One Body Too Many

One Body Too Many is a 1944 American comedy-mystery film directed by Frank McDonald, starring Bela Lugosi and Jack Haley.

One Body Too Many
One Body Too Many (1944) poster.jpg
Promotional release poster
Directed byFrank McDonald
Produced byWilliam H. Pine
William C. Thomas
Written byWinston Miller
Maxwell Shane
StarringJack Haley
Jean Parker
Maxine Fife
Bela Lugosi
Music byAlexander Laszlo
CinematographyFred Jackman Jr.
Edited byHenry Adams
Distributed byParamount Pictures
Release date
  • November 24, 1944 (1944-11-24)
Running time
75 minutes
CountryUnited States
LanguageEnglish

PlotEdit

A timid insurance salesman Albert L. Tuttle (Jack Haley) visits eccentric millionaire Cyrus J. Rutherford, intent on selling him a $200,000 insurance deal. Instead he finds that Rutherford has recently died and his mansion is now full of relatives who are, according to the will, all bound to remain in the mansion until a glass-domed vault is constructed on the roof, to house the deceased millionaire who was an ardent follower of the stars. Tuttle is mistaken for a private detective sent to guard the body, and once the confusion is cleared up and the real detective fails to show, he is convinced by Rutherford's niece Carol Dunlap (Jean Parker) to remain and ensure that the body is not stolen. If the body should be buried any place other than the vault, the will states that recipients who would receive the largest request will receive the smallest, and vice versa. One of the recipients plans to reverse the will in their favor, hide the body and kill anyone who gets in their way. Unfortunately for mild-mannered Tuttle, he is directly in the way of the killer, and the rest of the conniving family.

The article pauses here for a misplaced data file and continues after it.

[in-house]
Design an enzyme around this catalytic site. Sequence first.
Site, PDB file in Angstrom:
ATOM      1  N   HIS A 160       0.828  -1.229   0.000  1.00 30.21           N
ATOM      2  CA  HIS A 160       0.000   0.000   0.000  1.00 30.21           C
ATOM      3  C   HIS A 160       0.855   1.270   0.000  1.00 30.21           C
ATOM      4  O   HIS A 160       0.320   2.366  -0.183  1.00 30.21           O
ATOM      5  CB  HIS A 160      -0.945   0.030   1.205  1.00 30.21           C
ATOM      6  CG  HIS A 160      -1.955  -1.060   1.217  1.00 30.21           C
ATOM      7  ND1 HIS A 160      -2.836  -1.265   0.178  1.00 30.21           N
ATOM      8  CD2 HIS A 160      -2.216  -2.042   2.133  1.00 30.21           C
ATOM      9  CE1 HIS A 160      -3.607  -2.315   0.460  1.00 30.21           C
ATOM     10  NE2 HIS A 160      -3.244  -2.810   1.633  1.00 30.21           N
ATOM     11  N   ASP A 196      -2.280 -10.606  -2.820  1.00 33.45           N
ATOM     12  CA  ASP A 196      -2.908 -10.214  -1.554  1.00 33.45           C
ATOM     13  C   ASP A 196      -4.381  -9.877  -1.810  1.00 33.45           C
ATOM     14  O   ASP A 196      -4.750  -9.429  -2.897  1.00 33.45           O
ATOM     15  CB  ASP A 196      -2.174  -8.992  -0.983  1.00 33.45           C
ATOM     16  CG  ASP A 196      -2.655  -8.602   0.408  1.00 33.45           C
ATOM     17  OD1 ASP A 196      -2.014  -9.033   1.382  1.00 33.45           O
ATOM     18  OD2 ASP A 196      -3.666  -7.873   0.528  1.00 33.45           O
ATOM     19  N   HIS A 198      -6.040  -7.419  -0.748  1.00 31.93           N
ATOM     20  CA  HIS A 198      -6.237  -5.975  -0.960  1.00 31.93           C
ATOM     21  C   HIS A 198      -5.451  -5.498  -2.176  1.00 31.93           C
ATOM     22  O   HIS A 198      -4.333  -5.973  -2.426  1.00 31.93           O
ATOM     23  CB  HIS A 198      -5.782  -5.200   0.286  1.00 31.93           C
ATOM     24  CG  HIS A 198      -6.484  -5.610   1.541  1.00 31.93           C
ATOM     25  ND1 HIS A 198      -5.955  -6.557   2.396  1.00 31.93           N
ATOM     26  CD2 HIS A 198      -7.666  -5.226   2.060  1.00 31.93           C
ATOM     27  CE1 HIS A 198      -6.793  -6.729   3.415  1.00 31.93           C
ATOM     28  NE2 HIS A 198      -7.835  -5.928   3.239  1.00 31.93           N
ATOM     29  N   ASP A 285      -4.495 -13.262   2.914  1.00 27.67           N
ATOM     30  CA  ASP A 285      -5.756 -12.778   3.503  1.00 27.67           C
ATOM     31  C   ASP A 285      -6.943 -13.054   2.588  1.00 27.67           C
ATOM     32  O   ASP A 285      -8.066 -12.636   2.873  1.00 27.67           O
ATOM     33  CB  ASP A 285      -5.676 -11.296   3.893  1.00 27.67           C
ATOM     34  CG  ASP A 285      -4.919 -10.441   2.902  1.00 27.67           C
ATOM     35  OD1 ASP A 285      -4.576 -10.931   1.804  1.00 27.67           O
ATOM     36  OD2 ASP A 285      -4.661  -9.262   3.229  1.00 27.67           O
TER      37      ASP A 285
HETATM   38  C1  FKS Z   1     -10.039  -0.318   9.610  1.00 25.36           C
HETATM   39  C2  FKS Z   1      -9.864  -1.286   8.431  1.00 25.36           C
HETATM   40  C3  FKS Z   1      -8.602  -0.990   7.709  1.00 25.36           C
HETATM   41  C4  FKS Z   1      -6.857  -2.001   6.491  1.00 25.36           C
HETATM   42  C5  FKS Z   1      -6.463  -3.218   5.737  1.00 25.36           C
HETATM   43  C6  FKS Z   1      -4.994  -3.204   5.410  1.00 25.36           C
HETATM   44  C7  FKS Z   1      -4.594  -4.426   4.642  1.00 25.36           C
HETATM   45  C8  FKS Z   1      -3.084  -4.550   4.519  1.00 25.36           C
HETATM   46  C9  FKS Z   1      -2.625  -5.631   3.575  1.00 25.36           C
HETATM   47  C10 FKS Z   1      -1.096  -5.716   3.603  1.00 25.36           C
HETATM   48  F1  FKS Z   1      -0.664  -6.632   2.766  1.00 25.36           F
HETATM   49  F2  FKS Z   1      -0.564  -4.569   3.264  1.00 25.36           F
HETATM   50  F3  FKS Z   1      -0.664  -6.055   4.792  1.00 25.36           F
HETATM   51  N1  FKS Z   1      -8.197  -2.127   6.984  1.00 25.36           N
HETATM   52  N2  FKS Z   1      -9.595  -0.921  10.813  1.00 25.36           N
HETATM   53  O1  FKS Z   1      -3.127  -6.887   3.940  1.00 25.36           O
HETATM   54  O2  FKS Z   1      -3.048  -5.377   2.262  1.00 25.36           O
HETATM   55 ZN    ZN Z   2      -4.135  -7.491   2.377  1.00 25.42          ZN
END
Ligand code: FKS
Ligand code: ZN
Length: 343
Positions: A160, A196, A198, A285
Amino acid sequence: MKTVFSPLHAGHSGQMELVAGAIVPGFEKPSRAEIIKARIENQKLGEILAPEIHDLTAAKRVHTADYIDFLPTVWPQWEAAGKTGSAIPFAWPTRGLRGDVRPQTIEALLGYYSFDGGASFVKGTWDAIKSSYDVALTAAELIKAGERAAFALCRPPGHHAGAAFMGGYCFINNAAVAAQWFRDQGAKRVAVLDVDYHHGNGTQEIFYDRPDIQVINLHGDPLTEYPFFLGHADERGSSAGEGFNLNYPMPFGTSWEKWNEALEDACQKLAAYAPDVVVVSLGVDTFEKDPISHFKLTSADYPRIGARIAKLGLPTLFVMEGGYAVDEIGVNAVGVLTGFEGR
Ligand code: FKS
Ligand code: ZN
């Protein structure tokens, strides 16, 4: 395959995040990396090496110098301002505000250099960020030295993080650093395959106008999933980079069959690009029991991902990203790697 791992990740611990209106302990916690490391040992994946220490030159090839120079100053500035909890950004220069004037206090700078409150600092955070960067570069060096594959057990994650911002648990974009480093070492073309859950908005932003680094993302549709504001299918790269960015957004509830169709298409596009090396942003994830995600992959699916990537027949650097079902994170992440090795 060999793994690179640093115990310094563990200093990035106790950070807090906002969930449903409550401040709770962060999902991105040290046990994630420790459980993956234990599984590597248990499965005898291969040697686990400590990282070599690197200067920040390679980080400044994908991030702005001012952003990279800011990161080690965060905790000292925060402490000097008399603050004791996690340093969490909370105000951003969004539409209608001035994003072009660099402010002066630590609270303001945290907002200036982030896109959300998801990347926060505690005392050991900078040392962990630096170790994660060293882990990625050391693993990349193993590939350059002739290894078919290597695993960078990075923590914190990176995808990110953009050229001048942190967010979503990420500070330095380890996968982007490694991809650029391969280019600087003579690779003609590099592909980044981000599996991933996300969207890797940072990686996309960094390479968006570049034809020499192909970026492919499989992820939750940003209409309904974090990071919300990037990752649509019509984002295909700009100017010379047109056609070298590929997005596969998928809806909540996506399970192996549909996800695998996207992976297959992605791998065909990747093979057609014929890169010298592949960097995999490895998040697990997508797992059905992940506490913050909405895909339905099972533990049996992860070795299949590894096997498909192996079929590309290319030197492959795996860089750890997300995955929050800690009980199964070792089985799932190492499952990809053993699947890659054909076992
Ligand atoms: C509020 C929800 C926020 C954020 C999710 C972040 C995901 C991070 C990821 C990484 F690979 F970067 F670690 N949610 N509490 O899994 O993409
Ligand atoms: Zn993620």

CastEdit

ProductionEdit

Pine-Thomas Productions originally specialised in action films but decided to move into comedy and signed Jack Haley to star in movies for the company of which this was the second.[1]

Pine and Thomas originally wanted Boris Karloff for the key horror role.[2] Frank McDonald signed to direct in December 1943, when it was known as Too Many Bodies.[3] Eventually Bela Lugosi was signed.[4]

See alsoEdit

ReferencesEdit

  1. ^ SCREEN AND STAGE Los Angeles Times 15 July 1943: 12.
  2. ^ SCREEN AND STAGE: Hedda Hopper LOOKING AT HOLLYWOOD Los Angeles Times 21 July 1943: 10.
  3. ^ SREEN NEWS HERE AND IN HOLLYWOOD New York Times 21 Dec 1943: 25.
  4. ^ DRAMA AND FILM Los Angeles Times 18 Dec 1943: 7.

External linksEdit